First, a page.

“So what, you think he should just run around with no rules and never hear the word no?!”
We’re both facing off in the kitchen at this point, red faced, and there have been a lot more f-bombs dropped than the one I put in here.
It’s at this point that I stare at him with a shocked sort of wonder. I blink and look at him. “Oh my God,” I say. “I think we are talking like two separate languages. Like we are looking at this thing so differently we’re not even on the same planet. We’re not in the same solar system.”
He thinks I’m being facetious, but I’m entirely serious. My eyes have been opened because he asked that question in total earnestness. He has absolutely no idea what I’m talking about. He doesn’t know why I’m actually mad. This misunderstanding goes so deep to our basic understanding of what parenting is supposed to be, like, we gotta hit pause and go sort this out NOW.
So that’s what I suggest. I’m calm now that I’ve realized how completely off base we are with one another, so I say, “Babe, we need to go to Starbucks, right now, get some coffee and have a big conversation about what our approaches are to this whole parenting gig, because we are not on the same page right now. Like, my mind changed on my approach a few months ago and it’s been working and I guess we haven’t really talked, but now I see that’s why I’ve been getting so pissed at you lately.”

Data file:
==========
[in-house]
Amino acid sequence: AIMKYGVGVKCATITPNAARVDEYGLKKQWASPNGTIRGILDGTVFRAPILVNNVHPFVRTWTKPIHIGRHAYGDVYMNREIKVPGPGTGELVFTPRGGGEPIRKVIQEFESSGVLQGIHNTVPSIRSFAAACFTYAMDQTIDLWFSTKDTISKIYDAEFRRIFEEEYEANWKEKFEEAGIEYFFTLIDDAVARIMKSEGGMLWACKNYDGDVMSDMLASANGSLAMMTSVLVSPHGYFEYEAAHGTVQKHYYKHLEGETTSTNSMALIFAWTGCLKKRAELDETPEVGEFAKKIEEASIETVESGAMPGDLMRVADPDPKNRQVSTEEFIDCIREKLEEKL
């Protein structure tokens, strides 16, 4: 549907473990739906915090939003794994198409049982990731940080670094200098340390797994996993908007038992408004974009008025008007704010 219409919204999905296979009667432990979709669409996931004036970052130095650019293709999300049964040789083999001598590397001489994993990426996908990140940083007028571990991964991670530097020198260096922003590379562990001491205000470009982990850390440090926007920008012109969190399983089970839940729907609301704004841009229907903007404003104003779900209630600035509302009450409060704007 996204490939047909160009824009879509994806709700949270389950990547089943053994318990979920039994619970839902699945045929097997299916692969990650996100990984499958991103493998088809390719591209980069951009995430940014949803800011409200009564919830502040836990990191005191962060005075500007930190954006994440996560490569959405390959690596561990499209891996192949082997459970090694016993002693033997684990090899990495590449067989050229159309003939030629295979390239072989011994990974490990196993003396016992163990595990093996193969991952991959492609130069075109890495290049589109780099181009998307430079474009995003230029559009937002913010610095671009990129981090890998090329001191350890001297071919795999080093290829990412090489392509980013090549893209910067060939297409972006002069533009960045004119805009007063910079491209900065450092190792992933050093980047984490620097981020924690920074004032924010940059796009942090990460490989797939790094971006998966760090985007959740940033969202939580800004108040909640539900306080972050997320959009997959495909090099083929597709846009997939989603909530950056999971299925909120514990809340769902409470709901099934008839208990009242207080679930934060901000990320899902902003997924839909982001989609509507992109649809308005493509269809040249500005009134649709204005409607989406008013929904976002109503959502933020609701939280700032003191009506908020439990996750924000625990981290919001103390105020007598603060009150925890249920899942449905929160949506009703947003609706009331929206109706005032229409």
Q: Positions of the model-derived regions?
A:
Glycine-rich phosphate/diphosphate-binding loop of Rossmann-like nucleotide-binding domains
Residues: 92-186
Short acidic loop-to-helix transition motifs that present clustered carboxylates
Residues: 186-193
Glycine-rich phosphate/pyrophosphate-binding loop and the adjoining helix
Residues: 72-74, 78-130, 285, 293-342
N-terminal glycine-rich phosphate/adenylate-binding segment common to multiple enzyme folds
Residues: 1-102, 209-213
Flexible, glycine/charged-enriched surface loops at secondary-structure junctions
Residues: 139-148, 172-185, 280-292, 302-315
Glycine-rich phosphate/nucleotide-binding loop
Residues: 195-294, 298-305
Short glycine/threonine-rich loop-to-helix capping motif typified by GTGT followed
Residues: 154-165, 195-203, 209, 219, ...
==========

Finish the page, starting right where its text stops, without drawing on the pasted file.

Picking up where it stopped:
He eyes me warily and it takes me assuring him that this will not be a big session of me telling me all the great wisdom I have learned and how I am right and he is wrong. It will be an actual conversation—with both people having their say and both people genuinely listening.
We tell the kiddo—who is twelve and a half and old enough to stay on his own—that we’re popping out for a bit. Then we drive across the street to Starbucks, joking a little about how grown-up we’re being, doing real communicating and apologizing for the ugly fighting we did. That’s not us. I can’t remember the last time we argued in a way that got so heated it involved cuss words. It’s shaken both of us up. We hug outside the car and then hold hands while we go into Starbucks and order sugary coffees.
Then we sit outside. It’s a really lovely sunny day in May. And we begin.
Dun dun DUN – next post will be the conversation—sorry to cliffhanger you, but this post is already epically long and the conversation was a big turning point, I don’t want to stiff you on it.